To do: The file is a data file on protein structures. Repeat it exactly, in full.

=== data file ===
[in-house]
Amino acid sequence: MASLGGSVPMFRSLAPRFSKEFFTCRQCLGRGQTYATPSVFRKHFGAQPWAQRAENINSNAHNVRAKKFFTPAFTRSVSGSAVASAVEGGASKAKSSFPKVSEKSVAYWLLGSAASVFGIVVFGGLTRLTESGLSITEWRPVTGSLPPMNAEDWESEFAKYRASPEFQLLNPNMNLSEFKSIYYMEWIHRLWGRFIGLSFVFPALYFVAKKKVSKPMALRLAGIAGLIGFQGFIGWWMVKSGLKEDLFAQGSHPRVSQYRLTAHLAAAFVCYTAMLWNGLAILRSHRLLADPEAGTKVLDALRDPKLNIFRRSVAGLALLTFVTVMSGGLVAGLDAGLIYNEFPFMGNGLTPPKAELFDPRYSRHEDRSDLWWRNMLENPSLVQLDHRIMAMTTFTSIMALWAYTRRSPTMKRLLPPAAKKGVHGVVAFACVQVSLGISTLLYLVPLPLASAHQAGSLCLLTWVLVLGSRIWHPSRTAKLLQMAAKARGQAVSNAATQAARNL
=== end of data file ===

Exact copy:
[in-house]
Amino acid sequence: MASLGGSVPMFRSLAPRFSKEFFTCRQCLGRGQTYATPSVFRKHFGAQPWAQRAENINSNAHNVRAKKFFTPAFTRSVSGSAVASAVEGGASKAKSSFPKVSEKSVAYWLLGSAASVFGIVVFGGLTRLTESGLSITEWRPVTGSLPPMNAEDWESEFAKYRASPEFQLLNPNMNLSEFKSIYYMEWIHRLWGRFIGLSFVFPALYFVAKKKVSKPMALRLAGIAGLIGFQGFIGWWMVKSGLKEDLFAQGSHPRVSQYRLTAHLAAAFVCYTAMLWNGLAILRSHRLLADPEAGTKVLDALRDPKLNIFRRSVAGLALLTFVTVMSGGLVAGLDAGLIYNEFPFMGNGLTPPKAELFDPRYSRHEDRSDLWWRNMLENPSLVQLDHRIMAMTTFTSIMALWAYTRRSPTMKRLLPPAAKKGVHGVVAFACVQVSLGISTLLYLVPLPLASAHQAGSLCLLTWVLVLGSRIWHPSRTAKLLQMAAKARGQAVSNAATQAARNL